Royal Bank of Scotland has completed an overhaul of its Royal Bank Private Equity operations which will see the division folded into what the bank calls the Equity Finance Group (EFG).
The restructuring comes after weeks of industry-wide speculation that changes at RBPE were imminent. Industry sources say concern had grown inside the bank over the performance of RBPE's investment portfolio.
The Financial Times reports that the bank’s new division will be headed by Rory Cullinan, who joined the bank in 2001 to establish the principal finance unit. Former RBPE chief executive Mark Nicholls becomes EFG vice chairman.
RBS has stated that the overhaul is an attempt to combine its private equity businesses rather than an attempt to retreat from the asset class. However, the move is also seen as a partial retreat following the large number of deals undertaken by RBPE in 2001. These included the £441m acquisition of Britax, the largest UK public-to-private deal completed in 2001, as well as deals to acquire engineering firm Doncaster’s and Cannon Health Clubs. RBPE also co-invested in the £1.9bn buyout of hotel chain Le Meridien.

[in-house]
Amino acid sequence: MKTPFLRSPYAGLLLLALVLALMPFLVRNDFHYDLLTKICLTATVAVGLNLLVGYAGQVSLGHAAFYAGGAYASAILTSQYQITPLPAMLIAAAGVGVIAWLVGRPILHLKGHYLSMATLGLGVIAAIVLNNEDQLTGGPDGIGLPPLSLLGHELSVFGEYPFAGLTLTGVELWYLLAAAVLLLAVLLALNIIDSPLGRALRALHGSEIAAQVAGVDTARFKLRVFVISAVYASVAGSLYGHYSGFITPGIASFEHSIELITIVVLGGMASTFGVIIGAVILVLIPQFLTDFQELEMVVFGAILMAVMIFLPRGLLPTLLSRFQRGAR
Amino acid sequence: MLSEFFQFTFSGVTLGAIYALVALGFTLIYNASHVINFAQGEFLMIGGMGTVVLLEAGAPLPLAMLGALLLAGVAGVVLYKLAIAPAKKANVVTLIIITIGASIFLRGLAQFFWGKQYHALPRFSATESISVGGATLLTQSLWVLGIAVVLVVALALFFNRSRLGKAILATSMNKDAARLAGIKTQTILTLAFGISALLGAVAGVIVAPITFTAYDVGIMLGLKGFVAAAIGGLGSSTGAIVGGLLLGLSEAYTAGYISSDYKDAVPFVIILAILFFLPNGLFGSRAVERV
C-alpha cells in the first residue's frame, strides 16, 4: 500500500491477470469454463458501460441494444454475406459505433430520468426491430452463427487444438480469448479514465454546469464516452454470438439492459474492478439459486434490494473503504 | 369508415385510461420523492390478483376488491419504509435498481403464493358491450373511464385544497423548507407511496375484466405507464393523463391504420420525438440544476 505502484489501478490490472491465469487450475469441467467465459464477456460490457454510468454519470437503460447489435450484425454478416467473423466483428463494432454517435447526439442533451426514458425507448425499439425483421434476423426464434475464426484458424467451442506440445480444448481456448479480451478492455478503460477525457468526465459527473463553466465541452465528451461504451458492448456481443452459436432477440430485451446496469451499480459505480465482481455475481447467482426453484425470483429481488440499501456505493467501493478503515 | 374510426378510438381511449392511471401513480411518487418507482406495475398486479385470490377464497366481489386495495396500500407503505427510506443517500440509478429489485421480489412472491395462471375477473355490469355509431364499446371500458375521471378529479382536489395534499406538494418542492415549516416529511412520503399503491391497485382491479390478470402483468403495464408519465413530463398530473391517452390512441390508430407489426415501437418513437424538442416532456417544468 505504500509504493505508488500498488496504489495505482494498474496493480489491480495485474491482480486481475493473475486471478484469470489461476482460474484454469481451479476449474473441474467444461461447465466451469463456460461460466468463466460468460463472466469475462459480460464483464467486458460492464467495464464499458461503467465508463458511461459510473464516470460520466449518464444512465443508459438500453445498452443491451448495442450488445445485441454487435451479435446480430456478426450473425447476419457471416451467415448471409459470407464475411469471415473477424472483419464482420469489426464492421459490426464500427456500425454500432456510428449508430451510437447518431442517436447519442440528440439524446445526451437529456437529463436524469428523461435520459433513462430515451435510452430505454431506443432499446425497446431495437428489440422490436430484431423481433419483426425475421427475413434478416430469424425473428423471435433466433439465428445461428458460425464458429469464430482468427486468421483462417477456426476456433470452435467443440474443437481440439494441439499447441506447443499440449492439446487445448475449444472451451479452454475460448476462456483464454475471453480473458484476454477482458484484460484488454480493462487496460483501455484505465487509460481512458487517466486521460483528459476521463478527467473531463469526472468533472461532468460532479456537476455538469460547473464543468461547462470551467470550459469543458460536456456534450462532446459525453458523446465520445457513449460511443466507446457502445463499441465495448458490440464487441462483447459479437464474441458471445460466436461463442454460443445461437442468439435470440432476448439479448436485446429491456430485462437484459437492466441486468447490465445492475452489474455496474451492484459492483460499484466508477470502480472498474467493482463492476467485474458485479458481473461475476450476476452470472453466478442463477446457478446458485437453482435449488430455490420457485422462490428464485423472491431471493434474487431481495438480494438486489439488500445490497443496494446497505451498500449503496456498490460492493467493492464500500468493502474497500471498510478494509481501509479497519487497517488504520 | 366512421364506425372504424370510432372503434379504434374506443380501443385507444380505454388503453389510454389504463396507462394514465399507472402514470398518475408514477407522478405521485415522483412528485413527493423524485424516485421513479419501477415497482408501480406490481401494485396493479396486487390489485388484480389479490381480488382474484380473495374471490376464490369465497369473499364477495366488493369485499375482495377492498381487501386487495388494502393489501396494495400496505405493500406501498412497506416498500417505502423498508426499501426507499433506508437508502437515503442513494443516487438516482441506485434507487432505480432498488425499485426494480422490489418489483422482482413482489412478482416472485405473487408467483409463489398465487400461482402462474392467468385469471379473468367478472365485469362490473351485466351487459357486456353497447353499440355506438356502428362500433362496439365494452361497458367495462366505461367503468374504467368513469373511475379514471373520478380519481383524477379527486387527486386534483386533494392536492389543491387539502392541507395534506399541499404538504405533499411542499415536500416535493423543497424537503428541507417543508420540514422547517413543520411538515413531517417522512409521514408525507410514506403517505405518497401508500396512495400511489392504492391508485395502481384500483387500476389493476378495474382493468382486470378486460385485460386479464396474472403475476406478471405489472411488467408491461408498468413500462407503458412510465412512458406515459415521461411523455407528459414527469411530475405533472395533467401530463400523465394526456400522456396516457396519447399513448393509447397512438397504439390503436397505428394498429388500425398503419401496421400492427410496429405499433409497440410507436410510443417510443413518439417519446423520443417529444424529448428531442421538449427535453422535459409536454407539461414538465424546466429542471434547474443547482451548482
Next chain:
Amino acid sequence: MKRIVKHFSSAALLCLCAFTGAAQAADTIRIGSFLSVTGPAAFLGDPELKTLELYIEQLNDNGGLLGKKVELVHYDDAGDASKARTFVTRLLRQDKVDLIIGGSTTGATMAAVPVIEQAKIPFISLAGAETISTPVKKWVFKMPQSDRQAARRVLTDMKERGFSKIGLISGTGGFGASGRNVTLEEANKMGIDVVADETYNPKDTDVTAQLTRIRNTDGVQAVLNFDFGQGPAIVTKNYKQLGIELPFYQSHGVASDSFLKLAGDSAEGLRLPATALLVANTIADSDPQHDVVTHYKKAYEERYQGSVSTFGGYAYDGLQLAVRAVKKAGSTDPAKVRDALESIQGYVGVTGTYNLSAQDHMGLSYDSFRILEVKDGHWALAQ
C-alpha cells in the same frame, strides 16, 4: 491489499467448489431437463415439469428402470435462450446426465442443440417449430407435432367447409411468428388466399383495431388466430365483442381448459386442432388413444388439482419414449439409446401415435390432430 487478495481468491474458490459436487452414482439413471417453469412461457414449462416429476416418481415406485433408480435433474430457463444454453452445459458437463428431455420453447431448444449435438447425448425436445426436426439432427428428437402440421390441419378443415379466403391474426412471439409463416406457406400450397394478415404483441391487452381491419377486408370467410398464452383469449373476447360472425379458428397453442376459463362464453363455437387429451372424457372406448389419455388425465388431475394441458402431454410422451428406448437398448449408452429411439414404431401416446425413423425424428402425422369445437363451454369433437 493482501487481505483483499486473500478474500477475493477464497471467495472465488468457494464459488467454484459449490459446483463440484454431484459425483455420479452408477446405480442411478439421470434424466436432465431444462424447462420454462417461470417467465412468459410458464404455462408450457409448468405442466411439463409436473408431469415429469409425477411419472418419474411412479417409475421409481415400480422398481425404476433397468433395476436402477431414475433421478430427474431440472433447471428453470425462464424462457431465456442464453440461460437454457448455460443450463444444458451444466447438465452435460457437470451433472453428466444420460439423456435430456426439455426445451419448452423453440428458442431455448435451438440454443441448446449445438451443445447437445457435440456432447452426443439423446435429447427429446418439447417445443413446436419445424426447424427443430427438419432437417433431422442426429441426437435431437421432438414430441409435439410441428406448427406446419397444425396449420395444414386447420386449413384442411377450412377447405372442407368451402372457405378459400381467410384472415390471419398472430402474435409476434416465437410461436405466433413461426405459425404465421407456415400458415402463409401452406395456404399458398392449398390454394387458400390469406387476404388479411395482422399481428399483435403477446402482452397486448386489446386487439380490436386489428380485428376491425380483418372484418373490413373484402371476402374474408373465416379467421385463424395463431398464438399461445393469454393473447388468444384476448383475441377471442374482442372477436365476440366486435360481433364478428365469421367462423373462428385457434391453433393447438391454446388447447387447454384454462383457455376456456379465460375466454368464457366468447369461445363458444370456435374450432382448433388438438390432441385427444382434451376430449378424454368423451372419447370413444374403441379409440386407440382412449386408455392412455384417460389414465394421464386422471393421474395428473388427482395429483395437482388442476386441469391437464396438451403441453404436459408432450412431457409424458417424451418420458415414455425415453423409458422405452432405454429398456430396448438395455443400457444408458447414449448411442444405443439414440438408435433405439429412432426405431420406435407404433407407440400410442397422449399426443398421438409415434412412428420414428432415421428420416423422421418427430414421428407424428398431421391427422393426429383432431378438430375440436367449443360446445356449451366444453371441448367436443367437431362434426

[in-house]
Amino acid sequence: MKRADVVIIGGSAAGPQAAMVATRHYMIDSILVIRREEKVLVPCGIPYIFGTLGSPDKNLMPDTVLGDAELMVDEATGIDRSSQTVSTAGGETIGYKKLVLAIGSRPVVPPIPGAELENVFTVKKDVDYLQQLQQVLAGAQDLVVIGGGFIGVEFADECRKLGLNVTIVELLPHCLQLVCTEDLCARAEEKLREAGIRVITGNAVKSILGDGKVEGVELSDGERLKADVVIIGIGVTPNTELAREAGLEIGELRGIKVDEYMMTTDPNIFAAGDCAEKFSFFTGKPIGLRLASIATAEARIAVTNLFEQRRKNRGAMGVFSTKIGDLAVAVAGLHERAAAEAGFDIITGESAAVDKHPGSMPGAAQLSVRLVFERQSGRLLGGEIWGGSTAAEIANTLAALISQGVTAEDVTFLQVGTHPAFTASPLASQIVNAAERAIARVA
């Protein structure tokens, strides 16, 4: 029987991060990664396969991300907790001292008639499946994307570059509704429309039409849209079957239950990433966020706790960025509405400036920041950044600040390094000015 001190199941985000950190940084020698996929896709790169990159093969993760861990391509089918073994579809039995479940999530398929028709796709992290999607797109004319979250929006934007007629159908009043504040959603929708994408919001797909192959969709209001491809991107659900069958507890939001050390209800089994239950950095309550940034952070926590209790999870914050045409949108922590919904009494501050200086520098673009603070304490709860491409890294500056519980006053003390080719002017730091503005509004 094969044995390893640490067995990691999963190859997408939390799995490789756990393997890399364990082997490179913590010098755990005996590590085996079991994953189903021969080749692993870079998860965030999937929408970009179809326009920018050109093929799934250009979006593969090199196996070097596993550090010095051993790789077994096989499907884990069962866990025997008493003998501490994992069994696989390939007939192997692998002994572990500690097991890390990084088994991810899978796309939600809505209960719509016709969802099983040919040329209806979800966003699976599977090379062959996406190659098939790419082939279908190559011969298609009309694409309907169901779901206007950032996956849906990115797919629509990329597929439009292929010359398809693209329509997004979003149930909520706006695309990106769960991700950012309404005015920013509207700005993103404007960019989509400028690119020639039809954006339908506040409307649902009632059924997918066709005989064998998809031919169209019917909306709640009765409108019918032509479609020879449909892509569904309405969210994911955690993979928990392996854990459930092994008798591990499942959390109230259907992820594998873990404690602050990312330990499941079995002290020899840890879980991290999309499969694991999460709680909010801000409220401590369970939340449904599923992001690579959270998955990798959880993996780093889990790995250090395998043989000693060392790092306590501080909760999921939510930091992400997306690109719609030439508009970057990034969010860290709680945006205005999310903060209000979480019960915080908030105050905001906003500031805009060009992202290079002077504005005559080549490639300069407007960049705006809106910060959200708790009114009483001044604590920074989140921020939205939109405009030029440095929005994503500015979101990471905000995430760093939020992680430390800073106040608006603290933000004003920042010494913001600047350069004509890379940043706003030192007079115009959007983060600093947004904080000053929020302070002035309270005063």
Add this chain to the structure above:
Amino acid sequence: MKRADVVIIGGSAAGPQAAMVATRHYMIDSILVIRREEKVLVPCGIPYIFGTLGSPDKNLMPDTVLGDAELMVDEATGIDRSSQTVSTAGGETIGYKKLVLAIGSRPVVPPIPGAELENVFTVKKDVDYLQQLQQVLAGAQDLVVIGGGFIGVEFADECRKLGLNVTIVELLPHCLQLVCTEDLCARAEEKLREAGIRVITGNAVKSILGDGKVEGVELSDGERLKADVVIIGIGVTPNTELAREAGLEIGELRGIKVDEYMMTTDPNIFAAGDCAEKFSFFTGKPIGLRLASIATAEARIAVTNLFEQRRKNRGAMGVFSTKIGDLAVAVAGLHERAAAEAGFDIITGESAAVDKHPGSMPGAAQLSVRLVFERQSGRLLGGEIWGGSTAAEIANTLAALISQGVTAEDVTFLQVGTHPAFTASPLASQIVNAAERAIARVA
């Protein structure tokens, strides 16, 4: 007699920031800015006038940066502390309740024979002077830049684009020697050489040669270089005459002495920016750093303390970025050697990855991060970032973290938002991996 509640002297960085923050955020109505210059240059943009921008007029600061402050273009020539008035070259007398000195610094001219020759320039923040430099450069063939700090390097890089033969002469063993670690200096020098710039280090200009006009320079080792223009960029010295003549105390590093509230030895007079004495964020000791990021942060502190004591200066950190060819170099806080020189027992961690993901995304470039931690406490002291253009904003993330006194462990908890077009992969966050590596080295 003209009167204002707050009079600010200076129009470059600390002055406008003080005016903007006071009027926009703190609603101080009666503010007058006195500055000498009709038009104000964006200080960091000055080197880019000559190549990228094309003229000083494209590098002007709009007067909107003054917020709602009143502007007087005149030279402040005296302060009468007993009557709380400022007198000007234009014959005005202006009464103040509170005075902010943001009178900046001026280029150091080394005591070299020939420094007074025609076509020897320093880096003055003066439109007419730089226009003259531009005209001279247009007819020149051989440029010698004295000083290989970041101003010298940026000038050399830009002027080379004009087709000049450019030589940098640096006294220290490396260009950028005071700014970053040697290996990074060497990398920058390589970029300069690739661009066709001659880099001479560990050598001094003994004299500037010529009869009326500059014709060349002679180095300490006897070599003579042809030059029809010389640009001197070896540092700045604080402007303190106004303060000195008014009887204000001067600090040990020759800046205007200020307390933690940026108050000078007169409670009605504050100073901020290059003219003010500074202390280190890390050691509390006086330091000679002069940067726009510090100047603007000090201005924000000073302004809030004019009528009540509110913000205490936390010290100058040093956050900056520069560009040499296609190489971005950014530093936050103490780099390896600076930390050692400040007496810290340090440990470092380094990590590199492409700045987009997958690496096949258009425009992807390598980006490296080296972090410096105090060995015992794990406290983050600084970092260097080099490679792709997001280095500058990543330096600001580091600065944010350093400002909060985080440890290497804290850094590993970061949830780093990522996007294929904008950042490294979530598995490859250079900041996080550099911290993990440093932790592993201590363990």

In December 2000, RBPE relaunched itself after receiving a commitment from RBS of £1.5bn for 2001-2003. It subsequently built a new team, which included 20 new investment executives, to work across a range of private equity disciplines. In September 2001, the firm announced that it would accelerate its third party investment programme in order to make it less dependent on the balance sheet of RBS.
The new strategy makes RBPE the latest captive private equity operation to be revamped. Last year similar changes were implemented at UBS' private equity unit UBS Capital and Deutsche's Morgan Grenfell.
Part of the restructuring will see Tim Farazmand, one of the private equity industry's best-regarded deal makers, leave the bank after eight years. It is expected that Farazmand will leave his post within the next two months.